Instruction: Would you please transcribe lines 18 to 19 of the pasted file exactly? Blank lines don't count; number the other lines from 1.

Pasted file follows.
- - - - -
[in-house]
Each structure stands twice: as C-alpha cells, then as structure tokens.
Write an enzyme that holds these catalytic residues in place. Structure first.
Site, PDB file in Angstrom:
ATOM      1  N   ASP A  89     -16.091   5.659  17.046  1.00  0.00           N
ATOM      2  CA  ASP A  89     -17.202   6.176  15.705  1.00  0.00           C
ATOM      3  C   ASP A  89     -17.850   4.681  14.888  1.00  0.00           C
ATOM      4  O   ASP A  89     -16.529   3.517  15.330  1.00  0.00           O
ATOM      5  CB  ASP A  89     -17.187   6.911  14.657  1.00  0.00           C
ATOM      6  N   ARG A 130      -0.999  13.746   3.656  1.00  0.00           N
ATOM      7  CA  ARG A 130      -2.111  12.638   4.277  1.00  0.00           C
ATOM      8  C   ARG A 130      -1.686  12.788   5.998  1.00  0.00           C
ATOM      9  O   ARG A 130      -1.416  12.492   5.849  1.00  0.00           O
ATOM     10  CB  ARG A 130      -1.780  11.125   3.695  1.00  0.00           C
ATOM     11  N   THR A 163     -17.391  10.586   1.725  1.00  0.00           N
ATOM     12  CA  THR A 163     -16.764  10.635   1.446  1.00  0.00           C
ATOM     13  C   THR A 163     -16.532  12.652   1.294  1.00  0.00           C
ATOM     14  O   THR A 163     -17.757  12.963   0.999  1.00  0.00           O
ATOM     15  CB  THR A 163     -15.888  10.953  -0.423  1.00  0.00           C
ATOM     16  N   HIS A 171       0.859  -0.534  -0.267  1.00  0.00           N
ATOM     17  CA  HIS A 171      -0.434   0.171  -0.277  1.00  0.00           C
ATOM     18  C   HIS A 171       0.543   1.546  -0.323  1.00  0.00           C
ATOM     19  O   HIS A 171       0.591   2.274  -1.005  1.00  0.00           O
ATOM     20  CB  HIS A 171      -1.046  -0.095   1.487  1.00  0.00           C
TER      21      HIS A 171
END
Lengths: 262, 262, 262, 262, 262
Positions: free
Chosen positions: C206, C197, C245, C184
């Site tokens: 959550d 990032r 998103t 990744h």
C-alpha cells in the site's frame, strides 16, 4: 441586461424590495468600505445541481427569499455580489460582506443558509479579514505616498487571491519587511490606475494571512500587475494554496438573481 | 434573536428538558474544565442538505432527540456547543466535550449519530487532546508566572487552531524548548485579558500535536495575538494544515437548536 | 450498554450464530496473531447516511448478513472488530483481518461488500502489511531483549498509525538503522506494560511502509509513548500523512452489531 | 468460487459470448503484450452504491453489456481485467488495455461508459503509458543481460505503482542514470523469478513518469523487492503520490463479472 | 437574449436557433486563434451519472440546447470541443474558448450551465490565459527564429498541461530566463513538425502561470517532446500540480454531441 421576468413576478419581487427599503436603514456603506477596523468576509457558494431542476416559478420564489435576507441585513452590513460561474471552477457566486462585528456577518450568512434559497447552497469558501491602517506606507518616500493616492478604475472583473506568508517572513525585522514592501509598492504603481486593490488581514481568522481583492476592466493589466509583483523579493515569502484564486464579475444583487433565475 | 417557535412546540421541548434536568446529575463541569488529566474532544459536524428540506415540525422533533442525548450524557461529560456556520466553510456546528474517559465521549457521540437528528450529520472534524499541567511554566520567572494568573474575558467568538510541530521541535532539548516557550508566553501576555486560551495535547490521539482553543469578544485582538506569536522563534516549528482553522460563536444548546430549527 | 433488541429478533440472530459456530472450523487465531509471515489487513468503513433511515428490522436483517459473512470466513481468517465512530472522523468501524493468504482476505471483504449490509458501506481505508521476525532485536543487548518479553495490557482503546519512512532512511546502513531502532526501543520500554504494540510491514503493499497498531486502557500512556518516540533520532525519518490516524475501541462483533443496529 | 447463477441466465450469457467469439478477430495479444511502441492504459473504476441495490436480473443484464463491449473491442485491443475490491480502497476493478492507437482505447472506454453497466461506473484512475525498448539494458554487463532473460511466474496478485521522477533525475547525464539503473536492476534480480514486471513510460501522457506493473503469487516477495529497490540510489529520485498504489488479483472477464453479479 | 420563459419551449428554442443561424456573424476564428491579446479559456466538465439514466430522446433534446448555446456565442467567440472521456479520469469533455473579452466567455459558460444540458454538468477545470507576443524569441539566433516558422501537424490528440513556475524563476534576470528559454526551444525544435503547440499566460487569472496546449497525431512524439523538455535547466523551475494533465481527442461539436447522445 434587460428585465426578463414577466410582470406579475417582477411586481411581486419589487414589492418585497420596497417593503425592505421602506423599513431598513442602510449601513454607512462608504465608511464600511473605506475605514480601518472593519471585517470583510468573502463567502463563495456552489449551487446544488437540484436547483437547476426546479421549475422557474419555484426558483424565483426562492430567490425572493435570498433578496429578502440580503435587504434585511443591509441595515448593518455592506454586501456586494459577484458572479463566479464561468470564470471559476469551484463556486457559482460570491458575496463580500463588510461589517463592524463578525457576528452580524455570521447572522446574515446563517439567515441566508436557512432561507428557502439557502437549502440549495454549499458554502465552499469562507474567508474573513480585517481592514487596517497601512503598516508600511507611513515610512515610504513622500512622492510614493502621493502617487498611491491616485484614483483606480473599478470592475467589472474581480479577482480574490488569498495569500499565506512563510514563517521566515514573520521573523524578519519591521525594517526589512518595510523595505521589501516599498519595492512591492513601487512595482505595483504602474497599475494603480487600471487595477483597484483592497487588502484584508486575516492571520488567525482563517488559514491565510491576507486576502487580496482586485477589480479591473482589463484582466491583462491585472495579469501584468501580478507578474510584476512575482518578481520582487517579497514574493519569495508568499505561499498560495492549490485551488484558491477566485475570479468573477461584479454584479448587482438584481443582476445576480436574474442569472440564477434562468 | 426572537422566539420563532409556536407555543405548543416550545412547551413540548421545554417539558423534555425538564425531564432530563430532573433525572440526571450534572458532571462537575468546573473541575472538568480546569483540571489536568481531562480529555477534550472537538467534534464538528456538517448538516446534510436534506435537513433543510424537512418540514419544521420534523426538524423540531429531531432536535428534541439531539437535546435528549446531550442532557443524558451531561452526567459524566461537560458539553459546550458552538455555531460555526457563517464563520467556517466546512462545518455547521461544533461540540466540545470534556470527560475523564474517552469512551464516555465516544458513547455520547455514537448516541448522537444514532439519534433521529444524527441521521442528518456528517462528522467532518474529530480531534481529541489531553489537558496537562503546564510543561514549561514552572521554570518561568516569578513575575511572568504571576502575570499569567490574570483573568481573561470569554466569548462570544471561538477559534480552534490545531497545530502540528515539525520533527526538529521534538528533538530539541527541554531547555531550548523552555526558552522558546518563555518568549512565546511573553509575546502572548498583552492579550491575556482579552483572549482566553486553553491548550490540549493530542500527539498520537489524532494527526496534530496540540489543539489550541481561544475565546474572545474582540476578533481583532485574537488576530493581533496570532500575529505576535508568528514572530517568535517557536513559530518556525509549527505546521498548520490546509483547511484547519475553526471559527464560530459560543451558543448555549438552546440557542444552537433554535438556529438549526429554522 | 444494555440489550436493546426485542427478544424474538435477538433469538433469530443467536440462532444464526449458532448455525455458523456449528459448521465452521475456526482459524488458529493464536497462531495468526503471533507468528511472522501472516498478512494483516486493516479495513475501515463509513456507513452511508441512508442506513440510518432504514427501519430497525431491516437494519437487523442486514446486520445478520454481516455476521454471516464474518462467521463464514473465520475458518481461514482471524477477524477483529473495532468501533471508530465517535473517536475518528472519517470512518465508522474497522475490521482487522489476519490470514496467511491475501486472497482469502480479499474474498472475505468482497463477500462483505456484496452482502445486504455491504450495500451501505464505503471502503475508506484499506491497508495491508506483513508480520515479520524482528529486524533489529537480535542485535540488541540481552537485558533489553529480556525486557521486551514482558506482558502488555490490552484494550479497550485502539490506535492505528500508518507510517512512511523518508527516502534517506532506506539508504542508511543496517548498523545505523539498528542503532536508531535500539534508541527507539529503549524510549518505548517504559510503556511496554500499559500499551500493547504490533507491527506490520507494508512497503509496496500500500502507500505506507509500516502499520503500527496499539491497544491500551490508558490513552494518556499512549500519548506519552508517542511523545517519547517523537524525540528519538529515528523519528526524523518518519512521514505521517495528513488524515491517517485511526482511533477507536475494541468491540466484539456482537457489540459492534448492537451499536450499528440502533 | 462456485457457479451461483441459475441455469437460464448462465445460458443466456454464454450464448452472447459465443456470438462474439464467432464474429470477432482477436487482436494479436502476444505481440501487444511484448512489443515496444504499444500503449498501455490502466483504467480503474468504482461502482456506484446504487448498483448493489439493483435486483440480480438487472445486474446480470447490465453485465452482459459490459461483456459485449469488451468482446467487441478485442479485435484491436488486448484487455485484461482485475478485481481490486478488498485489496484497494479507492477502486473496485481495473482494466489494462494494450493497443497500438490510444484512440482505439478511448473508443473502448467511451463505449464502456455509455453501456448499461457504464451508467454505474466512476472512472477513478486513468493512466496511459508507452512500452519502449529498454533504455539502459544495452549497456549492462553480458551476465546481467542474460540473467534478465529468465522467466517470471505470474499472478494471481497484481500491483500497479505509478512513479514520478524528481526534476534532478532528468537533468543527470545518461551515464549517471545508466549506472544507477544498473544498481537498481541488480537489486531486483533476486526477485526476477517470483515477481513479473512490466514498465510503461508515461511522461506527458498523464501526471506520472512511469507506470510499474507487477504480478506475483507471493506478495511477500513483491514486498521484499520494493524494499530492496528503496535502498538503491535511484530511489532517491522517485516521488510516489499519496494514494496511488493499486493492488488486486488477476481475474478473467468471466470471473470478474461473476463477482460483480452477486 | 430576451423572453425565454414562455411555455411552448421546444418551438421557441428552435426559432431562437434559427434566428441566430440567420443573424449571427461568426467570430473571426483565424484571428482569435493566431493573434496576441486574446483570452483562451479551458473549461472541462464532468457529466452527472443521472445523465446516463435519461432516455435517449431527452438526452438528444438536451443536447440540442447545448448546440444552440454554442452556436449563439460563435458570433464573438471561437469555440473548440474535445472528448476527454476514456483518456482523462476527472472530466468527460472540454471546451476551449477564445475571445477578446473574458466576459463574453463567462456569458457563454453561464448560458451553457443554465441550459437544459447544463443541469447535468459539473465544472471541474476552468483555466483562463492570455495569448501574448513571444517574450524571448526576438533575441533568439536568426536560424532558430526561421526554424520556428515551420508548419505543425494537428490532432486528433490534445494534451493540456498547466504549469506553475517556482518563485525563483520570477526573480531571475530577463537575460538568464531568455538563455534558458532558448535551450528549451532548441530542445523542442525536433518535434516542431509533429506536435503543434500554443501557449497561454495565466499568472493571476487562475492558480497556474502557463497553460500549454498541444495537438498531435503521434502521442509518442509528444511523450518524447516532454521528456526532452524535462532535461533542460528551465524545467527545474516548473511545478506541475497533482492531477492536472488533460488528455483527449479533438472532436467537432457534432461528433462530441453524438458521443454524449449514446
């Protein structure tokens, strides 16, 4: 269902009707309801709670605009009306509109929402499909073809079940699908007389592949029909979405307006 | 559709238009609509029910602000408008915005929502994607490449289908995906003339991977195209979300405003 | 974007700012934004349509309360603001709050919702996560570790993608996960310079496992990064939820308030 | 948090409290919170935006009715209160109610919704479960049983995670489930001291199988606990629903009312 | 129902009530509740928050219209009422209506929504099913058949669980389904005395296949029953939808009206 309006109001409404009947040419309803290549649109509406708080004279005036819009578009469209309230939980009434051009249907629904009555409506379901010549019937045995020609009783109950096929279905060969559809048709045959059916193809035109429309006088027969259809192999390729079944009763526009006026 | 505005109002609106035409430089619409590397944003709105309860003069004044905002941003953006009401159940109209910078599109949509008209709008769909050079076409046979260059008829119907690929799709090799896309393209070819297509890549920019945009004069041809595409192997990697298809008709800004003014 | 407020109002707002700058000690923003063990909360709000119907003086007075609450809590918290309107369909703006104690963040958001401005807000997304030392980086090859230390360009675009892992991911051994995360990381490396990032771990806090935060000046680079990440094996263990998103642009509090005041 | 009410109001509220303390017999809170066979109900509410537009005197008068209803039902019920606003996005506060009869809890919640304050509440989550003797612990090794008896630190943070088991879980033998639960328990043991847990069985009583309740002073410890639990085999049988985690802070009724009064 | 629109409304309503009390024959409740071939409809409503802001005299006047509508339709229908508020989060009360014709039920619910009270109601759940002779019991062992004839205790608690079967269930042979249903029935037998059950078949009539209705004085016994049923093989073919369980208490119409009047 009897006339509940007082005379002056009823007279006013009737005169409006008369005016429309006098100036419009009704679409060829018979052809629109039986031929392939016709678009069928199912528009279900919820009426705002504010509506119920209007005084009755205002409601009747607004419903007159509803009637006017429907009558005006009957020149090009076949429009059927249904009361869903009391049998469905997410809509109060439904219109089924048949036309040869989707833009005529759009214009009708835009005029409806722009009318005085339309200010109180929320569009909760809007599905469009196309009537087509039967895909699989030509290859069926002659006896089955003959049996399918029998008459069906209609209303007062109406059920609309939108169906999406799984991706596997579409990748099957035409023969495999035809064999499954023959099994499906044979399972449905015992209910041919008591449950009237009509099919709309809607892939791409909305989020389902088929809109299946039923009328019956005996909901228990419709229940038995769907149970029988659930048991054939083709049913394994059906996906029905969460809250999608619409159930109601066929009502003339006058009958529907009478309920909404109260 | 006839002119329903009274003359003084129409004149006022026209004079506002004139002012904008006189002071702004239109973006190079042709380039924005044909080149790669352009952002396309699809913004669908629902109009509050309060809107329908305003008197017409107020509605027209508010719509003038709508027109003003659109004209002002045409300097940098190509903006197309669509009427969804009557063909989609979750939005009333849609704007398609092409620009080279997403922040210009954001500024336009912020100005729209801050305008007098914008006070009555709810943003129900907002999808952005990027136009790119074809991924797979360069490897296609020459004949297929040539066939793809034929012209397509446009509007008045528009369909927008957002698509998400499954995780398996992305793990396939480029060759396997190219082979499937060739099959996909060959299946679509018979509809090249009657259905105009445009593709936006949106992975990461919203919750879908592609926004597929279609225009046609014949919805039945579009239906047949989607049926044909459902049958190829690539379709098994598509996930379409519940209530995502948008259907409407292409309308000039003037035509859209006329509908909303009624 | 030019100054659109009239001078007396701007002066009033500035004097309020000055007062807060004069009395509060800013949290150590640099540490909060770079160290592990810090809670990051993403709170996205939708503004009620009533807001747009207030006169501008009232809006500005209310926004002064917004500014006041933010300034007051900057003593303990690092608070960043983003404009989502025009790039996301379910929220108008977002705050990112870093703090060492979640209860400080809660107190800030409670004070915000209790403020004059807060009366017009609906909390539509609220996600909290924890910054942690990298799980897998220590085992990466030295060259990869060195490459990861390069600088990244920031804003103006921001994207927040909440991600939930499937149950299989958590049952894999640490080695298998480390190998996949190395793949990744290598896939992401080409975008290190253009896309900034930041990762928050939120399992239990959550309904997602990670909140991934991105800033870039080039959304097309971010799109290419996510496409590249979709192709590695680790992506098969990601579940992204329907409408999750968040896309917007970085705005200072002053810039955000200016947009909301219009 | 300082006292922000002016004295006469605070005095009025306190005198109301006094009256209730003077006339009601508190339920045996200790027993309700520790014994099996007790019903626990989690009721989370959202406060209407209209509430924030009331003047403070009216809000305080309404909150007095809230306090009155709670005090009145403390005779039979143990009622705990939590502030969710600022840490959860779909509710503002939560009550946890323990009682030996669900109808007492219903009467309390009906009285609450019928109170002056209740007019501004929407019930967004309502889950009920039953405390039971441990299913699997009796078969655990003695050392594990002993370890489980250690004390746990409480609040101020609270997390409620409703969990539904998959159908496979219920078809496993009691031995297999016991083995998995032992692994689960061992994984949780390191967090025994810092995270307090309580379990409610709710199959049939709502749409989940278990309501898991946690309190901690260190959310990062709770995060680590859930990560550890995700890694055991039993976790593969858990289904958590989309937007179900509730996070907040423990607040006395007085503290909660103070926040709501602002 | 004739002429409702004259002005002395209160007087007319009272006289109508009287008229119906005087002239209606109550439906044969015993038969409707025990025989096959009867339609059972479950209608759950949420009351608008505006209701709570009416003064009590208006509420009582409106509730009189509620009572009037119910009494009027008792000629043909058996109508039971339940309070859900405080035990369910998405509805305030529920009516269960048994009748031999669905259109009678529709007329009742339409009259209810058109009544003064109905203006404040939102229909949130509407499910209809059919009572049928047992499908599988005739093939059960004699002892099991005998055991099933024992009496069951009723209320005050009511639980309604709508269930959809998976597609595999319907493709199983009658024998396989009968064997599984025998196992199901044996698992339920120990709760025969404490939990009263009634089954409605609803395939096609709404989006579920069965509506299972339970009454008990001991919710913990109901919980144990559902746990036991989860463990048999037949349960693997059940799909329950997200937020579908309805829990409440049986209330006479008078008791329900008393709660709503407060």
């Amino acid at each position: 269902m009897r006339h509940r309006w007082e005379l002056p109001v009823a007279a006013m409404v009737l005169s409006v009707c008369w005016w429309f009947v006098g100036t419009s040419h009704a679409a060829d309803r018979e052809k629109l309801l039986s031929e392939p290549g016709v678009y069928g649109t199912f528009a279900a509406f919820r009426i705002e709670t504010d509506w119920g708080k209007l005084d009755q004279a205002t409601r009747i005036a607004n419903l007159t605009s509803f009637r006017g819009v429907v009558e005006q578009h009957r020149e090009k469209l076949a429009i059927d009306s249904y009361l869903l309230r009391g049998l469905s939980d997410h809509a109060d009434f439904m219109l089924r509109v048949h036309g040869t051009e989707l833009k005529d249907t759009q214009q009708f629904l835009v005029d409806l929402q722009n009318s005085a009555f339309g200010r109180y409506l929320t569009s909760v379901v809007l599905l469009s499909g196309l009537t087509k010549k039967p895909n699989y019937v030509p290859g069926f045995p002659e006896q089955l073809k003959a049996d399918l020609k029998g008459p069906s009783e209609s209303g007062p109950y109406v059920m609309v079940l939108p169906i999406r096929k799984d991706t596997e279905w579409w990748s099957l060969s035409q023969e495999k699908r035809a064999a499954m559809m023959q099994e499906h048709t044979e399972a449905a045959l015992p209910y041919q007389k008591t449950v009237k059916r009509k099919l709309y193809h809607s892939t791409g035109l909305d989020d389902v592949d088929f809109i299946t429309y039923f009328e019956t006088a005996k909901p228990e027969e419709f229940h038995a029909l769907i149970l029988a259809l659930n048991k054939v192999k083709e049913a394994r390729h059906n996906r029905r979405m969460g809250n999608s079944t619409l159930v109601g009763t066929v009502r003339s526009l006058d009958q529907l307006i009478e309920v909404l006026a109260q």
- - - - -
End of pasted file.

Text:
ATOM     14  O   THR A 163     -17.757  12.963   0.999  1.00  0.00           O
ATOM     15  CB  THR A 163     -15.888  10.953  -0.423  1.00  0.00           C